Stanford scientists turn adult skin cells into muscle and vice versa

Apr 30, 2009

In a study featured on the cover of the May issue of The FASEB Journal, researchers describe how they are able to reprogram human adult skin cells into other cell types in order to decipher the elusive mechanisms underlying reprogramming. To demonstrate their point, they transformed human skin cells into mouse muscle cells and vice versa. This research shows that by understanding the regulation of cell specialization it may be possible to convert one cell type into another, eventually bypassing stem cells.

"Regenerative medicine provides hope of novel and powerful treatments for many diseases, but depends on the availability of cells with specific characteristics to replace those that are lost or dysfunctional," said Helen M. Blau, Ph.D., the senior scientist involved in the study, Associate Editor of The FASEB Journal, Member of the Stem Cell Institute, and Director of the Baxter Laboratory in Genetic Pharmacology at Stanford. "We show here that mature cells can be directly reprogrammed to generate those necessary cells, providing another way besides embryonic stem cells or induced pluripotent stem cells of overcoming this important bottleneck to restoring tissue function."

The Stanford scientists sought to transform one specialized adult cell from one species into a different specialized adult cell of another species. To do this, they first used a chemical treatment to fuse skin and muscle cells together, producing cells that had nuclei from cells and mouse . By being encapsulated within the same cell wall, the human and mouse muscle nuclei could now "talk" to one another via chemical signals. Then, the scientists looked at the genes expressed from the human skin nuclei and mouse muscle nuclei. (This was possible because one cell type was human and the other was mouse, so the genes could be distinguished based on species differences.) After several experiments, they were able to induce the human skin nuclei to produce mouse muscle genes and induce the muscle nuclei to produce human skin genes—effectively transforming the cell from one type to the other.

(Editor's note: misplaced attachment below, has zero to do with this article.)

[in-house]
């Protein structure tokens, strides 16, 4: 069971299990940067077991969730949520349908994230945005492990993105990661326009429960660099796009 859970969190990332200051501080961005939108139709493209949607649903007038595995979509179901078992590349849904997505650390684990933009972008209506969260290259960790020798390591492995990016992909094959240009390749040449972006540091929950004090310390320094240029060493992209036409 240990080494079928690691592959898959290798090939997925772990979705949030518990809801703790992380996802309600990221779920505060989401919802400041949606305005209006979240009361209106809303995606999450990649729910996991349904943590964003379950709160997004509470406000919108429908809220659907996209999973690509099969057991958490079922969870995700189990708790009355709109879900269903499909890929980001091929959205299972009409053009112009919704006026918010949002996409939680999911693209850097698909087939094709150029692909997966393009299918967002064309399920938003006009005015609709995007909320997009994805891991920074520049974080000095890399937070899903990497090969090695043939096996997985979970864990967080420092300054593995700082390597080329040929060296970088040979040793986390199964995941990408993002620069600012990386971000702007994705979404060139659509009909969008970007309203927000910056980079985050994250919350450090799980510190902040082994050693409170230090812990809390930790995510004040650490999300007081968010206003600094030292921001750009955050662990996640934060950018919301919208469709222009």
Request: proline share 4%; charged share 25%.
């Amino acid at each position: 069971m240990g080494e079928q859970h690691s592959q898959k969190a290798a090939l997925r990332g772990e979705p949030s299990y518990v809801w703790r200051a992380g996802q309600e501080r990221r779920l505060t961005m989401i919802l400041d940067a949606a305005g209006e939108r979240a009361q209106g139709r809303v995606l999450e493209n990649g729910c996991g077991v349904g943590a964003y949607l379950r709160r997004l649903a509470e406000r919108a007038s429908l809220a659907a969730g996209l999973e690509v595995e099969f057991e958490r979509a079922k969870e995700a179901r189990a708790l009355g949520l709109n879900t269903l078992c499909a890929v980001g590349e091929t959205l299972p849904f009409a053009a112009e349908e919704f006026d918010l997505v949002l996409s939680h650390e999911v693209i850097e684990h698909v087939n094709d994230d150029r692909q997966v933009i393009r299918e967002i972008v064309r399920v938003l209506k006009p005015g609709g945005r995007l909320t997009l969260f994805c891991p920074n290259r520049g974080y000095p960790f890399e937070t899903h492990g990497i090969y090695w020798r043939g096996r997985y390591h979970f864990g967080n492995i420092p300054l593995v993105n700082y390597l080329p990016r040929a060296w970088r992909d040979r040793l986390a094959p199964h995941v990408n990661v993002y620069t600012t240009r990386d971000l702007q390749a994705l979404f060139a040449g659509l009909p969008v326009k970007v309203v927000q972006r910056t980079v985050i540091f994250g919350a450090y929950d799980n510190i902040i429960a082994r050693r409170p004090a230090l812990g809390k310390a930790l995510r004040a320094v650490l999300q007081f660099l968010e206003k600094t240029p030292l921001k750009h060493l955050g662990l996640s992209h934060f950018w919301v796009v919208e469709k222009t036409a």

"Reprogramming mature cells will likely complement the use of in regenerating tissues," said Gerald Weissmann, M.D., Editor-in-Chief of The FASEB Journal. "By elucidating the regulators of reprogramming, as the Stanford group is doing, it may be possible to generate replacement cells in cases where are not present or not appropriate."

Source: Federation of American Societies for Experimental Biology (news : web)

Explore further: Two-armed control of ATR, a master regulator of the DNA damage checkpoint

add to favorites email to friend print save as pdf

Related Stories

Study: Skin cells turned into stem cells

Aug 22, 2005

The controversy over embryonic stem cell research may become moot with a procedure that turns skin cells into what appear to be embryonic stem cells.

New technique produces genetically identical stem cells

Jul 01, 2008

Adult cells of mice created from genetically reprogrammed cells—so-called induced pluripotent stem (IPS) stem cells—can be triggered via drug to enter an embryonic-stem-cell-like state, without the need for further genetic ...

Recommended for you

Japanese scientist resigns over stem cell scandal

21 hours ago

A researcher embroiled in a fabrication scandal that has rocked Japan's scientific establishment said Friday she would resign after failing to reproduce results of what was once billed as a ground-breaking study on ...

'Hairclip' protein mechanism explained

Dec 18, 2014

Research led by the Teichmann group on the Wellcome Genome Campus has identified a fundamental mechanism for controlling protein function. Published in the journal Science, the discovery has wide-ranging implications for bi ...

User comments : 1

Adjust slider to filter visible comments by rank

Display comments: newest first

NeilFarbstein
1 / 5 (1) Apr 30, 2009
If all cells are interchangable and totipotent it might be possible to regenerate a finger or a hand if it was cut off.

Please sign in to add a comment. Registration is free, and takes less than a minute. Read more

Click here to reset your password.
Sign in to get notified via email when new comments are made.